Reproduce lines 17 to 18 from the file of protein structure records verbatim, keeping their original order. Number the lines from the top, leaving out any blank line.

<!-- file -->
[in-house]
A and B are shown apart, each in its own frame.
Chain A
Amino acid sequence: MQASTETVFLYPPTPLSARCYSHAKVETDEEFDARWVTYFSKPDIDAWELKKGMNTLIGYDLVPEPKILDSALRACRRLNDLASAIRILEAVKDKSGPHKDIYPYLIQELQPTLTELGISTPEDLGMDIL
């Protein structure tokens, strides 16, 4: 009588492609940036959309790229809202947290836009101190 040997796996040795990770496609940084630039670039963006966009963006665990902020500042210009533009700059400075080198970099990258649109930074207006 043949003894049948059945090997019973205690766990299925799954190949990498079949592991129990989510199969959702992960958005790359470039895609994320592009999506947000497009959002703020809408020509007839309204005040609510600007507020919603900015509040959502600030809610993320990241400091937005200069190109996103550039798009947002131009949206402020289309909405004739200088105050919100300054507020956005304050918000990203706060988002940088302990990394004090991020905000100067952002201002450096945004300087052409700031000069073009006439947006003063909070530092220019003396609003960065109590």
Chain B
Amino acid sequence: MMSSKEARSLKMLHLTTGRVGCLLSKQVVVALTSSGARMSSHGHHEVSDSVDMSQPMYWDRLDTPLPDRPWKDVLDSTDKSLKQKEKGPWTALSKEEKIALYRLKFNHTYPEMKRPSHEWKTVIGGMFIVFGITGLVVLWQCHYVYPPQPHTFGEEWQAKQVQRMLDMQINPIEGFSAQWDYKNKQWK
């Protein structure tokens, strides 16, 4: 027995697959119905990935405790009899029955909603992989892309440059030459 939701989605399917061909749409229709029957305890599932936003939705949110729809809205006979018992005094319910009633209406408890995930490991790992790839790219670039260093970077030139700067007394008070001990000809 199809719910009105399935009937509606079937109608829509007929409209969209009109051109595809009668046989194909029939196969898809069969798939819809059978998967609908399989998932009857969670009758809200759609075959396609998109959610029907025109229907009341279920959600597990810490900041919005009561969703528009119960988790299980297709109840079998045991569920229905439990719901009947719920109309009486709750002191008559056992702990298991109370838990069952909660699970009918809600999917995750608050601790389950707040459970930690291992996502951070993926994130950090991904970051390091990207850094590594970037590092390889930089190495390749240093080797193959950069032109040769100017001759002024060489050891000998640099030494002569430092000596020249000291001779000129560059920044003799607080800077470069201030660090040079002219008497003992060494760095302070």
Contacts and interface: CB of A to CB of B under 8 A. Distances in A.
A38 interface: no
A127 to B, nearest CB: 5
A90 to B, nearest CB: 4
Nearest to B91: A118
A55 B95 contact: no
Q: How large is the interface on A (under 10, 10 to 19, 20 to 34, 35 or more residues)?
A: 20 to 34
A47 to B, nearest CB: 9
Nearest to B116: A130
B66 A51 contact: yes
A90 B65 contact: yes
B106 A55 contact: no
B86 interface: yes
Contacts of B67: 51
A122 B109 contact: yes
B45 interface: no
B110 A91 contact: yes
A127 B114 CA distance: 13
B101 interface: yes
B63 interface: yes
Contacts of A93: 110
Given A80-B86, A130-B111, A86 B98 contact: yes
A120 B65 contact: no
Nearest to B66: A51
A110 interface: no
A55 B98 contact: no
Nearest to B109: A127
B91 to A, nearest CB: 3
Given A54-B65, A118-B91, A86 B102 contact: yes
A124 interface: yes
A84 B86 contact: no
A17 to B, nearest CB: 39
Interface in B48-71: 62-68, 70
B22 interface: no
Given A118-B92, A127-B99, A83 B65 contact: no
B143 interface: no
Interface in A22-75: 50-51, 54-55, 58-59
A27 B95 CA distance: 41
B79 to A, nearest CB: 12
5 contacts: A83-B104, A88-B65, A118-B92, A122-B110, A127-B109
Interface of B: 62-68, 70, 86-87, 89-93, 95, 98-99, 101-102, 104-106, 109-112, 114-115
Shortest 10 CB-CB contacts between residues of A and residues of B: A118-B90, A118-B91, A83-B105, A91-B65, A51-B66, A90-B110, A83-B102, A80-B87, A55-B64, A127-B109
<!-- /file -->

A47 to B, nearest CB: 9
Nearest to B116: A130